The snow has been coming down hard for a few hours, and coupled with 40-plus mile an hour winds, area roads are "beyond treacherous," according to the State Highway Administration.
There are some vehicles moving on major highways, but in many cases, the roads are down to one lane and crews are having difficulty keeping those open, said David Buck, administration spokesman.
"This is a white-out, deteriorating condition," said Buck. "This is not a day to be outside."
Officials are encouraging people not to drive. Most governments, schools and businesses are closed, but essential workers have been heading out. There have been a smattering of crashes, Buck said, though no roads are yet officially closed.
Montgomery County and Washington have pulled snow crews off the roads, he said. For now, the state is leaving the decision to pull off the road to drivers, but in Baltimore, Mayor Stephanie C. Rawlings-Blake ordered Phase III of the snow plan to be instituted, meaning only city-authorized emergency vehicles were permitted on roads.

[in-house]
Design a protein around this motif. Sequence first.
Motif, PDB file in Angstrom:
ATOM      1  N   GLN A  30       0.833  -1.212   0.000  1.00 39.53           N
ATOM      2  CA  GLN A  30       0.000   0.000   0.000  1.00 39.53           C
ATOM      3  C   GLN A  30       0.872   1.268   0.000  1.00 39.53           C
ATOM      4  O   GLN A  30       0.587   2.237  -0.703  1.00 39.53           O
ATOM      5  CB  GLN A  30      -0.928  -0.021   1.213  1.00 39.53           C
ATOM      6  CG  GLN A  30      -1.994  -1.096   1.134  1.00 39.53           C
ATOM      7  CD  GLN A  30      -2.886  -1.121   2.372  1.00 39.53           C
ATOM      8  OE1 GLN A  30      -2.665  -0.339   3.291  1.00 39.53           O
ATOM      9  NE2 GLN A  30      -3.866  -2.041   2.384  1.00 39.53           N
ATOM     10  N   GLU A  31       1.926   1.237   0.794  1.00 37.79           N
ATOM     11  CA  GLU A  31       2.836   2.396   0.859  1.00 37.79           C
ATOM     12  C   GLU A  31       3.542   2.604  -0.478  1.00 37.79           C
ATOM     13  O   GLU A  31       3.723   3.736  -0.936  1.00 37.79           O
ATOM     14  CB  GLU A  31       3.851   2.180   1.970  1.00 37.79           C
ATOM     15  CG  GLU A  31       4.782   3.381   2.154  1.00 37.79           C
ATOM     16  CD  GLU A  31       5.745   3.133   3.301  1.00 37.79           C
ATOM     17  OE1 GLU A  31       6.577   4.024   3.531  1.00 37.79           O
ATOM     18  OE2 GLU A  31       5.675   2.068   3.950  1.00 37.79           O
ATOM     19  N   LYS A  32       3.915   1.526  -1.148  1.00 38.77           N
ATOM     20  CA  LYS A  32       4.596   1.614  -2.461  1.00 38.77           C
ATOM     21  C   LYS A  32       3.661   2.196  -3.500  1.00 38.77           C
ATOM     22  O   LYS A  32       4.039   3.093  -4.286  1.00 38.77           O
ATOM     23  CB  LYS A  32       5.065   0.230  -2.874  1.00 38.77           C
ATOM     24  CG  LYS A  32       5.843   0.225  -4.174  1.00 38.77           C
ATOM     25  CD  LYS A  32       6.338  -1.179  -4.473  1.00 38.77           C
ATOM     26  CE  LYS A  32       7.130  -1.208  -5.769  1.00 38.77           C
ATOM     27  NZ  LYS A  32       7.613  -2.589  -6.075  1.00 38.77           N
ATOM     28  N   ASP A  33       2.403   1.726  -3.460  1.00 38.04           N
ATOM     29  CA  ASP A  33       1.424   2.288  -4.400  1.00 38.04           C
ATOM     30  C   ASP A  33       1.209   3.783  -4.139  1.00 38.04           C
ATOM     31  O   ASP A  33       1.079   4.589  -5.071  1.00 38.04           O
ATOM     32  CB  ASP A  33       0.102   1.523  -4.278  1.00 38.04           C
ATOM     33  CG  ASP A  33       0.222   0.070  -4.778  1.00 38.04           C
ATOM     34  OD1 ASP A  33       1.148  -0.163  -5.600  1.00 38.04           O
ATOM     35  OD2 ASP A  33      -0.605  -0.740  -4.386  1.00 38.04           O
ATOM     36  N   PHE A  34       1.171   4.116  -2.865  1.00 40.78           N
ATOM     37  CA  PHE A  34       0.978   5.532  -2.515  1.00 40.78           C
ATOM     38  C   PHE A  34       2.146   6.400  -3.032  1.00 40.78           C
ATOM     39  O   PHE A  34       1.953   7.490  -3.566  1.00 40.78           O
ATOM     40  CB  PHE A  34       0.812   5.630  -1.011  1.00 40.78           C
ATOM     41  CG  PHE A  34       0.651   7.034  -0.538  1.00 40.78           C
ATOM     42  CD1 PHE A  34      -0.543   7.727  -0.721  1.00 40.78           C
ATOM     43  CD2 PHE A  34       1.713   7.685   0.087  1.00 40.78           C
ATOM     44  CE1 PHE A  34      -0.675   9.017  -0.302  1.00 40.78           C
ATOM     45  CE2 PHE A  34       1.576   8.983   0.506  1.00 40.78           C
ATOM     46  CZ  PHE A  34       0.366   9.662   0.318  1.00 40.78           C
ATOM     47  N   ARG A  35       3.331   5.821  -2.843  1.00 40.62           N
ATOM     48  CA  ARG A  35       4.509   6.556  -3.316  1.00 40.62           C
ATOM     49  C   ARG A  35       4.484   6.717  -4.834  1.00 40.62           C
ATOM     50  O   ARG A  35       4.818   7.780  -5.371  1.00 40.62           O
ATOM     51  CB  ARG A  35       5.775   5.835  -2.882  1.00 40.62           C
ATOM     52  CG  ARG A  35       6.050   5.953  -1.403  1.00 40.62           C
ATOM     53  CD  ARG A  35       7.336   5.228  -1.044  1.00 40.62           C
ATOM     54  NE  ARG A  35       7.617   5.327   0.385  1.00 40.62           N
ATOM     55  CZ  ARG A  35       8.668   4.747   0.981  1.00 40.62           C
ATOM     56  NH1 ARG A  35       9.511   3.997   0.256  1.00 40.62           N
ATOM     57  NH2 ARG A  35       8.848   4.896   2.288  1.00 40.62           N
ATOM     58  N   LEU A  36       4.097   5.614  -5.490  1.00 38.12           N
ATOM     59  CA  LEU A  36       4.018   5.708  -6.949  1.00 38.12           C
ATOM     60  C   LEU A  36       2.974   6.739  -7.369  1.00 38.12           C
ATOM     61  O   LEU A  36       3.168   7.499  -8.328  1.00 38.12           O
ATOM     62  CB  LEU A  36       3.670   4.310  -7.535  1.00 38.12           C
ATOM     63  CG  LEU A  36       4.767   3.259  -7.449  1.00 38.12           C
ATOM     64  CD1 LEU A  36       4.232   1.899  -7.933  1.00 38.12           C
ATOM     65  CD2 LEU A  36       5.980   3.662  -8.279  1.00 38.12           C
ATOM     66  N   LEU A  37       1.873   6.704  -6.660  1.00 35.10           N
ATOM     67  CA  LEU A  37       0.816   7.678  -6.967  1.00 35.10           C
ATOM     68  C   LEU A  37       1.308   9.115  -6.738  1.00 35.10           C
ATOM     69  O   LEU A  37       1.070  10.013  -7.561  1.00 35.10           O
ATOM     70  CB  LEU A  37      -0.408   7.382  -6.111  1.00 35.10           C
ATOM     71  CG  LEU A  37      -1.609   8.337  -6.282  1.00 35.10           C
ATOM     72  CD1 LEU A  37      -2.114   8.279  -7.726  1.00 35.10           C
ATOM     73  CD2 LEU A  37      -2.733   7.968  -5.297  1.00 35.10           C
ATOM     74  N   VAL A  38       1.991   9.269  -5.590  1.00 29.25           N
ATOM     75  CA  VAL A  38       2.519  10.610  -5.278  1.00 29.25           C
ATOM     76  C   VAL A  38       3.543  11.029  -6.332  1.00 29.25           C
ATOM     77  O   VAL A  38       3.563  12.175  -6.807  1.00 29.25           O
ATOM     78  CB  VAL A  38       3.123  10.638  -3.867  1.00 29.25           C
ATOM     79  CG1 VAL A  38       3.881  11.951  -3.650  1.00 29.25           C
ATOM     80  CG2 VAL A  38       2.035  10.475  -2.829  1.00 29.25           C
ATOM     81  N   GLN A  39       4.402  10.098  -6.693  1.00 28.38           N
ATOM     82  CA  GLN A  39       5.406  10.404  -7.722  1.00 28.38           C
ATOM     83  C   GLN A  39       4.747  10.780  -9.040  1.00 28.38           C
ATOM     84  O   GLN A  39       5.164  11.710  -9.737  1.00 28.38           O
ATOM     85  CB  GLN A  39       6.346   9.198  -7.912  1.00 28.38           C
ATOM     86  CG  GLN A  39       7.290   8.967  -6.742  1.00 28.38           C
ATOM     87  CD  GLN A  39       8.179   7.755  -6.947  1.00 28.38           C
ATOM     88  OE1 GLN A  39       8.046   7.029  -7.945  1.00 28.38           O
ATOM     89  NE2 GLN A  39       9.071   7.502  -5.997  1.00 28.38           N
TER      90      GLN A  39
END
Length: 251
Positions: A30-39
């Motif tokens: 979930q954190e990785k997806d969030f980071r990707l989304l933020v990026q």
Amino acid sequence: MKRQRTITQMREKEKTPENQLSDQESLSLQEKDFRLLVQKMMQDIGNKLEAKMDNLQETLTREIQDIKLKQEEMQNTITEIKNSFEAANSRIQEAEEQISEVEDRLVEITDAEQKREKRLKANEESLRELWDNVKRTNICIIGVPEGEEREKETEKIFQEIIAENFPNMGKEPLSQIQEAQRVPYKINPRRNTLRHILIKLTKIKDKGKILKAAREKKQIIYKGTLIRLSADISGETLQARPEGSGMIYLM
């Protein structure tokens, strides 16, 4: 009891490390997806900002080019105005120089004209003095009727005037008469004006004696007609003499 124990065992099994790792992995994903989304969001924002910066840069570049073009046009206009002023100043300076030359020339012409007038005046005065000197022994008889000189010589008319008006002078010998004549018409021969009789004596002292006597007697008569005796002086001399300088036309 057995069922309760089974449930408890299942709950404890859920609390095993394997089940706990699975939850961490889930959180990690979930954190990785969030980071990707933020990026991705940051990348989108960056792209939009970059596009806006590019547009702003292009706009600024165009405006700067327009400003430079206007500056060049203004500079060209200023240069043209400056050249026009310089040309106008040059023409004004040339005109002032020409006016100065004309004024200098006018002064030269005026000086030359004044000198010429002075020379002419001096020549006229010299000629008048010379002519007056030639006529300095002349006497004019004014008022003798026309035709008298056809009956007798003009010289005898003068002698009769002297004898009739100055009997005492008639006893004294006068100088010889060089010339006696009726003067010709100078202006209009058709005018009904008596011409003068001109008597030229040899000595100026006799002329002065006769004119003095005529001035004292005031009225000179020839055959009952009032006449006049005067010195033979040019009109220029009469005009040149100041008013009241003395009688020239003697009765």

The snow got a slow start Wednesday morning, and Neil Pedersen, state highway administrator, said that gave crews a chance to plow and spread some salt. The state has about 180,000 tons and supplies have been shifted around to ensure that the Baltimore metro area, at the center of the storm, had enough.
The region is expecting 10-20 inches by this evening, according to weather forecasts.
"If people can stay home, we'd really like them to," Pedersen said.
There is no mail, trash or recycling pickup, flights from BWI Thurgood Marshall Airport are canceled and public transportation has become extremely limited.
The Maryland Transit Administration canceled local bus service as of 11 a.m., as well as above-ground subway service. Light rail is running on a limited schedule, though there is no connecting bus service.Copyright © 2014, The Baltimore Sun